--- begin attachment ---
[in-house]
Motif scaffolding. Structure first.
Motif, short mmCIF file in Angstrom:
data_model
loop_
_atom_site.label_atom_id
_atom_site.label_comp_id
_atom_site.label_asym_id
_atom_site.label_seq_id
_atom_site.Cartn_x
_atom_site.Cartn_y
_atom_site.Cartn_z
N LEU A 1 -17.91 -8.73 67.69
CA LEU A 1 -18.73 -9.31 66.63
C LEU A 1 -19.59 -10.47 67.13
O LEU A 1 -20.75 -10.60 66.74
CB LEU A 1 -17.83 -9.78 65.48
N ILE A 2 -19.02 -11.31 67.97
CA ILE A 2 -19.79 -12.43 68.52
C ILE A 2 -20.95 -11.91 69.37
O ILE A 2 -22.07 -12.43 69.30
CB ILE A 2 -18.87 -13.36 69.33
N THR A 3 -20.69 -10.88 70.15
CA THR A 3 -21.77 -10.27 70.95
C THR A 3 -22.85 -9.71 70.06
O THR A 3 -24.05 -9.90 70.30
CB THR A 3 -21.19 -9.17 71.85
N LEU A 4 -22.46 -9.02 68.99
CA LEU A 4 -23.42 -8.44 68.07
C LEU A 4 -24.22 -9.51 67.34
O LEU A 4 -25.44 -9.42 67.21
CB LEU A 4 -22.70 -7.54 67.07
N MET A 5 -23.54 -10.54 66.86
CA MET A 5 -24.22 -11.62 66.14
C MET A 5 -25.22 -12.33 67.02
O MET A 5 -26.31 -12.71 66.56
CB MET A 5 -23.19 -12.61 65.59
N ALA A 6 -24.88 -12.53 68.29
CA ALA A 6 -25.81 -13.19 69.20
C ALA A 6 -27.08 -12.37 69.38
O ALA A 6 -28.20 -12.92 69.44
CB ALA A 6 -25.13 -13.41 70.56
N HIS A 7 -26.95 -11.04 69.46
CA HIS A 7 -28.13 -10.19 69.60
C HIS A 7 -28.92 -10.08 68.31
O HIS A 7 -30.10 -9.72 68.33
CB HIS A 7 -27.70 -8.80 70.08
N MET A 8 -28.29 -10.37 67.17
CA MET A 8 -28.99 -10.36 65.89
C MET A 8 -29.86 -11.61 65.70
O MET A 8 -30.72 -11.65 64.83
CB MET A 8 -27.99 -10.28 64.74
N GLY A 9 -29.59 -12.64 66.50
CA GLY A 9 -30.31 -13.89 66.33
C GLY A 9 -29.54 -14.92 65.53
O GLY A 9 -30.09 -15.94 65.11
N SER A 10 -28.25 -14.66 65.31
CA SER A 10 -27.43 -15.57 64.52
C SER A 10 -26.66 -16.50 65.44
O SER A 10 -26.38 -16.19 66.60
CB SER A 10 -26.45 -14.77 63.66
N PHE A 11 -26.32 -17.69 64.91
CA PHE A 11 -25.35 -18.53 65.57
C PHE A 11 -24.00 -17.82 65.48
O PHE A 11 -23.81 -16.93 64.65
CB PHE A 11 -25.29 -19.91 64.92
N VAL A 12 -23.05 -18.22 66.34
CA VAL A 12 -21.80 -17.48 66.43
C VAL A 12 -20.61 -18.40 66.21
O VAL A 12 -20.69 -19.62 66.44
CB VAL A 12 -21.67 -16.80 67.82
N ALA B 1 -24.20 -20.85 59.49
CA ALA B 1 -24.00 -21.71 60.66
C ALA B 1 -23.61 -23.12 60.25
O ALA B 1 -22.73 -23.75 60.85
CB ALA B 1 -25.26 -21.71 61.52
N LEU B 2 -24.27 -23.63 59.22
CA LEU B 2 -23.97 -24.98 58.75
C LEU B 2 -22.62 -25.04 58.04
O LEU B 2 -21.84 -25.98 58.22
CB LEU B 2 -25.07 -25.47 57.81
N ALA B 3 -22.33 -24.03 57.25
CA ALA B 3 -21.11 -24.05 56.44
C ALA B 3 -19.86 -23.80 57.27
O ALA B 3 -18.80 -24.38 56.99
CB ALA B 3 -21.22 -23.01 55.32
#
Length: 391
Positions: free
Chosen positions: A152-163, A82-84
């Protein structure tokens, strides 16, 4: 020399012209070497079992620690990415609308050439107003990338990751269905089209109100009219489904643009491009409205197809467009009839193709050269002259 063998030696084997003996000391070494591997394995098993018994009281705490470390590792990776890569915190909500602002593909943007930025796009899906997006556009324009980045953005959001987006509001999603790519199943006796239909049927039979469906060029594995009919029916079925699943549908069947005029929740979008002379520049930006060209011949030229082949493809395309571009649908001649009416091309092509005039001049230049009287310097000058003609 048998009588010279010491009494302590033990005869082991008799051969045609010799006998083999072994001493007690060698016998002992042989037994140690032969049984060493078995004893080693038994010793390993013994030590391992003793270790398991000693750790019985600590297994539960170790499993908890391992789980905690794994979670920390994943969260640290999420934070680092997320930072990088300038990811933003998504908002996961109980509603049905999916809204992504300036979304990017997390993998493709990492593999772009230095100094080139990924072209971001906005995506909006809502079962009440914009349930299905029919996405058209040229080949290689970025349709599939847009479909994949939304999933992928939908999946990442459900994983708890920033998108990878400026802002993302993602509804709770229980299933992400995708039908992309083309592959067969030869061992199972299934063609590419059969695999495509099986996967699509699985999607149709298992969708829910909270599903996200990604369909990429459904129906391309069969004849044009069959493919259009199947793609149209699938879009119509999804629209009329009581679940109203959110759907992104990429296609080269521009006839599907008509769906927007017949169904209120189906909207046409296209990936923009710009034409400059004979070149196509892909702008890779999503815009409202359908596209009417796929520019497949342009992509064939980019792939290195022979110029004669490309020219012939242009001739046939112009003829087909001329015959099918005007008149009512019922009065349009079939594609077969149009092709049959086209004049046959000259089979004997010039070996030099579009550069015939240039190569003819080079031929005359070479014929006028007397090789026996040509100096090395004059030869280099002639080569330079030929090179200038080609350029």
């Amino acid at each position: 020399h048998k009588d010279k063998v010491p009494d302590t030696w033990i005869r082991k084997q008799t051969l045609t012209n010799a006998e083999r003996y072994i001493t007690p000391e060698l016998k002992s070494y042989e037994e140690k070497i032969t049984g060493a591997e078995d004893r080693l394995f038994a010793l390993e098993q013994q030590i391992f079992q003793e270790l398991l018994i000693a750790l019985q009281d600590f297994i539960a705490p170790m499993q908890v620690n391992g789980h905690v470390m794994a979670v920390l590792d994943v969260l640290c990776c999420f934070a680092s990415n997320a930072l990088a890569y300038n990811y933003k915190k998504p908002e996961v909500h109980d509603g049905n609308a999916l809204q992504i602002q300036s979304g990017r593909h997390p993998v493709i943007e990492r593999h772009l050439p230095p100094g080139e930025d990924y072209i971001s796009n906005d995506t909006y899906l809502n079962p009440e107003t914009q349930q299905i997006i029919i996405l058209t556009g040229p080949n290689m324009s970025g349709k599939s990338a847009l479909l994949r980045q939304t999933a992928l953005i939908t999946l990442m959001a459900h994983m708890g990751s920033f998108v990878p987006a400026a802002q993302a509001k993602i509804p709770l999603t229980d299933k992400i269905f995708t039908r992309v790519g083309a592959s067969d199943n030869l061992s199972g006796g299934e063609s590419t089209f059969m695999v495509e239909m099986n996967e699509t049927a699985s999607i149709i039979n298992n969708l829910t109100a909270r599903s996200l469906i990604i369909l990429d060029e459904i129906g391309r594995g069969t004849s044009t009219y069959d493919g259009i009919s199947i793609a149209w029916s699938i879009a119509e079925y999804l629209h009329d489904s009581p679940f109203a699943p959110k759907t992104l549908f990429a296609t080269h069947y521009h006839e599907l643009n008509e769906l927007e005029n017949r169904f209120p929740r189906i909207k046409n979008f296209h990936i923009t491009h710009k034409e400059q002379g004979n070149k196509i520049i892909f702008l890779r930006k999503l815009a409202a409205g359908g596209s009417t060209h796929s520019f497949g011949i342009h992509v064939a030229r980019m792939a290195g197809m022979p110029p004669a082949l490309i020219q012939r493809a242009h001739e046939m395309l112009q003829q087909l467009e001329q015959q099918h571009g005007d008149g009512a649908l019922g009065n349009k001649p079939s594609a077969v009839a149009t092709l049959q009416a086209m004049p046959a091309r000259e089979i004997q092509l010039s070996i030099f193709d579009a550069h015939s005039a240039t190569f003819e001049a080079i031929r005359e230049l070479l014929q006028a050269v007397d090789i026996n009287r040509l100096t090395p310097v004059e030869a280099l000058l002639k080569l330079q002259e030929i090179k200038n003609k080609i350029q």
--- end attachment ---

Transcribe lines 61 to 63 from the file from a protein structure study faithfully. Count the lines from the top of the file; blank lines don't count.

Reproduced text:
CB SER A 10 -26.45 -14.77 63.66
N PHE A 11 -26.32 -17.69 64.91
CA PHE A 11 -25.35 -18.53 65.57